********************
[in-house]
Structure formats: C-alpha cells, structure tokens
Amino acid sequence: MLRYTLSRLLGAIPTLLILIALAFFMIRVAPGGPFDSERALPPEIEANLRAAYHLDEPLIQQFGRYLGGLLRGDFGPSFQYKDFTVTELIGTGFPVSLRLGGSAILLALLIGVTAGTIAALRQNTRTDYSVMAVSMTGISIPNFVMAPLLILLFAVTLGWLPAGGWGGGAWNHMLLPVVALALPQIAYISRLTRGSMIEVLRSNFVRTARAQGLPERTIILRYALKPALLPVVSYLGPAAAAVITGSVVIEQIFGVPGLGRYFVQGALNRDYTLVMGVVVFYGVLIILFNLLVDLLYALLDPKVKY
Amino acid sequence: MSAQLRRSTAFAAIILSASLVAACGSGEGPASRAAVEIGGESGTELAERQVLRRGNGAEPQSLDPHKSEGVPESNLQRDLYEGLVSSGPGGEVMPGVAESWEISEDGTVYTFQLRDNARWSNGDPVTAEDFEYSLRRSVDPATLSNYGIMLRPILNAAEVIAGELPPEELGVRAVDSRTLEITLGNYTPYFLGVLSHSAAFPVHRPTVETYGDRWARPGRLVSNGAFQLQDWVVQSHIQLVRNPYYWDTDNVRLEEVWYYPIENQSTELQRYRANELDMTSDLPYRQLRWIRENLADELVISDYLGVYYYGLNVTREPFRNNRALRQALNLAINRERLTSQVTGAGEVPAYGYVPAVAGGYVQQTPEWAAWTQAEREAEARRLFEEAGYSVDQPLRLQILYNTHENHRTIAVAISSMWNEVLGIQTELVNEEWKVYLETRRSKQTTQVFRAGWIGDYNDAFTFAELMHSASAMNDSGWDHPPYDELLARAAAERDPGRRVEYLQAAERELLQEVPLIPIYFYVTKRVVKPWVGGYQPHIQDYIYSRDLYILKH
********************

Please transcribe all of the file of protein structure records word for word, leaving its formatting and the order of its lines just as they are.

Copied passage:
[in-house]
Structure formats: C-alpha cells, structure tokens
Amino acid sequence: MLRYTLSRLLGAIPTLLILIALAFFMIRVAPGGPFDSERALPPEIEANLRAAYHLDEPLIQQFGRYLGGLLRGDFGPSFQYKDFTVTELIGTGFPVSLRLGGSAILLALLIGVTAGTIAALRQNTRTDYSVMAVSMTGISIPNFVMAPLLILLFAVTLGWLPAGGWGGGAWNHMLLPVVALALPQIAYISRLTRGSMIEVLRSNFVRTARAQGLPERTIILRYALKPALLPVVSYLGPAAAAVITGSVVIEQIFGVPGLGRYFVQGALNRDYTLVMGVVVFYGVLIILFNLLVDLLYALLDPKVKY
Amino acid sequence: MSAQLRRSTAFAAIILSASLVAACGSGEGPASRAAVEIGGESGTELAERQVLRRGNGAEPQSLDPHKSEGVPESNLQRDLYEGLVSSGPGGEVMPGVAESWEISEDGTVYTFQLRDNARWSNGDPVTAEDFEYSLRRSVDPATLSNYGIMLRPILNAAEVIAGELPPEELGVRAVDSRTLEITLGNYTPYFLGVLSHSAAFPVHRPTVETYGDRWARPGRLVSNGAFQLQDWVVQSHIQLVRNPYYWDTDNVRLEEVWYYPIENQSTELQRYRANELDMTSDLPYRQLRWIRENLADELVISDYLGVYYYGLNVTREPFRNNRALRQALNLAINRERLTSQVTGAGEVPAYGYVPAVAGGYVQQTPEWAAWTQAEREAEARRLFEEAGYSVDQPLRLQILYNTHENHRTIAVAISSMWNEVLGIQTELVNEEWKVYLETRRSKQTTQVFRAGWIGDYNDAFTFAELMHSASAMNDSGWDHPPYDELLARAAAERDPGRRVEYLQAAERELLQEVPLIPIYFYVTKRVVKPWVGGYQPHIQDYIYSRDLYILKH